Absolutely. I’ve been mentioning the work of our mentor Tiokasin Ghosthorse, and I’ll bring to your audience’s attention another mentor of ours, his name is Lee Mun Wah, and he is the director of a number of extraordinary films. He’s a master mindfulness and anti-racism facilitator, and he directed a film many years ago called The Color of Fear, which is an award-winning film. That particular film brought together eight men of four races to talk about racism, made in 1994. You wouldn’t know listening to it that it was made that long ago until you see the pants everybody’s wearing. But the content is as relevant today sadly, as when it was made. 

One of the things Mun Wah teaches us is, look at the ways we disconnect in the moment. I had this very profound experience with his teaching in this area. Because I grew up in a house where there was only one person who got to be angry, and it wasn’t me; it wasn’t the kids. So I saw as he began to explain, he taught us 12 ways that people leave connection in the present moment. Your audience would be well-served by exploring his work, it’s extraordinary. But a few of the things he said, it’s like, you’ll be in a conflict with somebody talking about how you feel, and they might respond by saying, well, I think this. I don’t know if you’ve ever had this experience of being in a conflict with somebody where it suddenly seems like the rules changed midway through and you’re like, what just happened? I grew up with someone who was masterful at this, and it was like, what just happened? It was like I got Kung Fu moved or something.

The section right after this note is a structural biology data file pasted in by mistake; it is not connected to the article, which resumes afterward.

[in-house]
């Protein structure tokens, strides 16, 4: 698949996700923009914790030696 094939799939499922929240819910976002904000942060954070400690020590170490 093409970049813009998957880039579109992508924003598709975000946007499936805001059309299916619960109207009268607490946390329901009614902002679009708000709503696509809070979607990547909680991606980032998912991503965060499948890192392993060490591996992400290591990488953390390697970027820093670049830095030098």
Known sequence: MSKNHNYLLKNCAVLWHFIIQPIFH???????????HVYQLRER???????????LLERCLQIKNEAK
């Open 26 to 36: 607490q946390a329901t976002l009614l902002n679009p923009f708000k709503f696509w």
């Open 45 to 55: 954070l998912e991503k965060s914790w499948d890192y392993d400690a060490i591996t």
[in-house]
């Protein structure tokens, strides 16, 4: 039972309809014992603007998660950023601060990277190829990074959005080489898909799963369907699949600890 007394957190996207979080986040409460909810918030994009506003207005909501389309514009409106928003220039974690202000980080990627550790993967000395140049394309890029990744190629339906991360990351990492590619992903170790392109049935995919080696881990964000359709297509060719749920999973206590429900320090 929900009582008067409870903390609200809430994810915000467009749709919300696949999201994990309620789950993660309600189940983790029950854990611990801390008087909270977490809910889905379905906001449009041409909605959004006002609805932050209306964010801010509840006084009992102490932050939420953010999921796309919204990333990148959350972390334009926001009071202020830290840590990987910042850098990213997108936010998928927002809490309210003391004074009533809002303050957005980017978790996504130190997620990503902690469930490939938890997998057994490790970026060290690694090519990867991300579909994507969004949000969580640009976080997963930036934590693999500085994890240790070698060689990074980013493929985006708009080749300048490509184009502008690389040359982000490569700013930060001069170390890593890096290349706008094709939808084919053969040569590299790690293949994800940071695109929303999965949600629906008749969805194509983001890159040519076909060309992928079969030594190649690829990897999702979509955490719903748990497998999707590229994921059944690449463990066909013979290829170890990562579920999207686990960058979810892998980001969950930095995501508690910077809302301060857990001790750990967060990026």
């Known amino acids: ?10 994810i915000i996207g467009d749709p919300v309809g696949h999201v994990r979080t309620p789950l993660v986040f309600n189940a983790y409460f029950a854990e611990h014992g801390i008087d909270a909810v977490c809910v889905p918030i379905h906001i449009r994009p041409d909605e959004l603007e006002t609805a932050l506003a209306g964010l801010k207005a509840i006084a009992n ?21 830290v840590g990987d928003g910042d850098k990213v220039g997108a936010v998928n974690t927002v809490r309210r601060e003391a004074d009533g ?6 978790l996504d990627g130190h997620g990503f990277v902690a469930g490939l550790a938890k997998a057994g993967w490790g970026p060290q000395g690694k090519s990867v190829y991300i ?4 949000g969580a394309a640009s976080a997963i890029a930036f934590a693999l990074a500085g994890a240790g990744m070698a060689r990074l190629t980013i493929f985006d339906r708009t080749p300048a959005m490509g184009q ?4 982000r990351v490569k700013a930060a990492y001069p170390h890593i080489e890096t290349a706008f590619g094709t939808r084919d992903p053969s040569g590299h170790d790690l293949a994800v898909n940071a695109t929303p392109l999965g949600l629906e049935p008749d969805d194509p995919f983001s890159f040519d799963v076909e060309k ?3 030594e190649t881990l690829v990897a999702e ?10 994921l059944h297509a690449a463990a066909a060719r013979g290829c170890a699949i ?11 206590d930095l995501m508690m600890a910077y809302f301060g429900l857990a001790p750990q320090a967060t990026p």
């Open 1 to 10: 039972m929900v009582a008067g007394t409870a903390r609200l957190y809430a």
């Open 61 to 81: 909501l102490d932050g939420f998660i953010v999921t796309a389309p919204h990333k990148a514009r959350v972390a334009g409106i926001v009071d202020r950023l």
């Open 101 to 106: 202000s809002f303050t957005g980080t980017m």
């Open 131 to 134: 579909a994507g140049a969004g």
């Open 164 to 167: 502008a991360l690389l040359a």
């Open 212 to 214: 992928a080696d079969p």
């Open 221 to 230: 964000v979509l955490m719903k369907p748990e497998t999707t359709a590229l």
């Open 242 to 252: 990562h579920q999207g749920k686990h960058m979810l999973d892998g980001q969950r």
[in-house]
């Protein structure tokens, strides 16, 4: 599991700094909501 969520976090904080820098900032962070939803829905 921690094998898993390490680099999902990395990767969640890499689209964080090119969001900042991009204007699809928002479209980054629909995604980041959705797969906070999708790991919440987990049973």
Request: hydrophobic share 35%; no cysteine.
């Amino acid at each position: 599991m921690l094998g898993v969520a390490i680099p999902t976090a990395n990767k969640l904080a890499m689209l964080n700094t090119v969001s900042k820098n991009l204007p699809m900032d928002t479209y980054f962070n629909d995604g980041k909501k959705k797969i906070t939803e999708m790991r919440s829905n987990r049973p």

So he went through this list that was categorically defining the ways that people moved out of connection. These are defensive responses, and they generally come from someone feeling unsafe. But someone can go to thinking, they can change the subject, they can throw sand in your face, distract, they can turn themselves into the victim. There’s all these different ways that we stay out of the messy and vulnerable and painful work of being in contact when we’re in conflict. I think, especially if your audience who’s White, anti-racist practice, I had the good fortune. And I was really frightened of doing this, but I had a necessity in my life to begin training with him and their work and other anti-racist practices. The thing that astonished me, beyond the necessary benefit of allowing me to begin to build healthy relationships across culture, was that it completely transformed the way I communicated. Because I think so many of the strategies of White-ness are actually disconnection strategies, and I don’t think most people realize that when they’re acculturated into it. But a lot of White-ness is a mask.